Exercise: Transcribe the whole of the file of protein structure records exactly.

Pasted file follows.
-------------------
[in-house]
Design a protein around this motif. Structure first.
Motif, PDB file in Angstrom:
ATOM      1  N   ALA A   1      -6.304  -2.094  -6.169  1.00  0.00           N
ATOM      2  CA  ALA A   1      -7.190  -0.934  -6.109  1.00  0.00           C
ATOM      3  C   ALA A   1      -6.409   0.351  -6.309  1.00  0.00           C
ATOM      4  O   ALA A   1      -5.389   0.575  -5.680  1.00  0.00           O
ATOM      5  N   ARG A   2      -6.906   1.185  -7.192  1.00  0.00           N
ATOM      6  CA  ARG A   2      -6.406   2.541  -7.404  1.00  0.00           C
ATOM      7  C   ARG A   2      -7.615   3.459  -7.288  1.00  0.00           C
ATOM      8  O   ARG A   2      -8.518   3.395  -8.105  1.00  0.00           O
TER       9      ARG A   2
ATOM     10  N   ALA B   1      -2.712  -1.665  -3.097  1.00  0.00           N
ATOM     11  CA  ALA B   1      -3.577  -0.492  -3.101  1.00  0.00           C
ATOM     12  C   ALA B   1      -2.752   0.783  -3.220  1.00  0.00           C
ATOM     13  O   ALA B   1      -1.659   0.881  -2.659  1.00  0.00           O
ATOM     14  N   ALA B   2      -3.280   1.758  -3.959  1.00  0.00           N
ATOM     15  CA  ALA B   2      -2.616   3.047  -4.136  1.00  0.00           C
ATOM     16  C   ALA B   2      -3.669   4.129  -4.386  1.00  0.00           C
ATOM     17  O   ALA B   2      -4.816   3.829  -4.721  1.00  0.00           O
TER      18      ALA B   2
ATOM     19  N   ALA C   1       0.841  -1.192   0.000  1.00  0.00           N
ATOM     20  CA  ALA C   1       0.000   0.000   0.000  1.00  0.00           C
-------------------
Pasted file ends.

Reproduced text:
[in-house]
Design a protein around this motif. Structure first.
Motif, PDB file in Angstrom:
ATOM      1  N   ALA A   1      -6.304  -2.094  -6.169  1.00  0.00           N
ATOM      2  CA  ALA A   1      -7.190  -0.934  -6.109  1.00  0.00           C
ATOM      3  C   ALA A   1      -6.409   0.351  -6.309  1.00  0.00           C
ATOM      4  O   ALA A   1      -5.389   0.575  -5.680  1.00  0.00           O
ATOM      5  N   ARG A   2      -6.906   1.185  -7.192  1.00  0.00           N
ATOM      6  CA  ARG A   2      -6.406   2.541  -7.404  1.00  0.00           C
ATOM      7  C   ARG A   2      -7.615   3.459  -7.288  1.00  0.00           C
ATOM      8  O   ARG A   2      -8.518   3.395  -8.105  1.00  0.00           O
TER       9      ARG A   2
ATOM     10  N   ALA B   1      -2.712  -1.665  -3.097  1.00  0.00           N
ATOM     11  CA  ALA B   1      -3.577  -0.492  -3.101  1.00  0.00           C
ATOM     12  C   ALA B   1      -2.752   0.783  -3.220  1.00  0.00           C
ATOM     13  O   ALA B   1      -1.659   0.881  -2.659  1.00  0.00           O
ATOM     14  N   ALA B   2      -3.280   1.758  -3.959  1.00  0.00           N
ATOM     15  CA  ALA B   2      -2.616   3.047  -4.136  1.00  0.00           C
ATOM     16  C   ALA B   2      -3.669   4.129  -4.386  1.00  0.00           C
ATOM     17  O   ALA B   2      -4.816   3.829  -4.721  1.00  0.00           O
TER      18      ALA B   2
ATOM     19  N   ALA C   1       0.841  -1.192   0.000  1.00  0.00           N
ATOM     20  CA  ALA C   1       0.000   0.000   0.000  1.00  0.00           C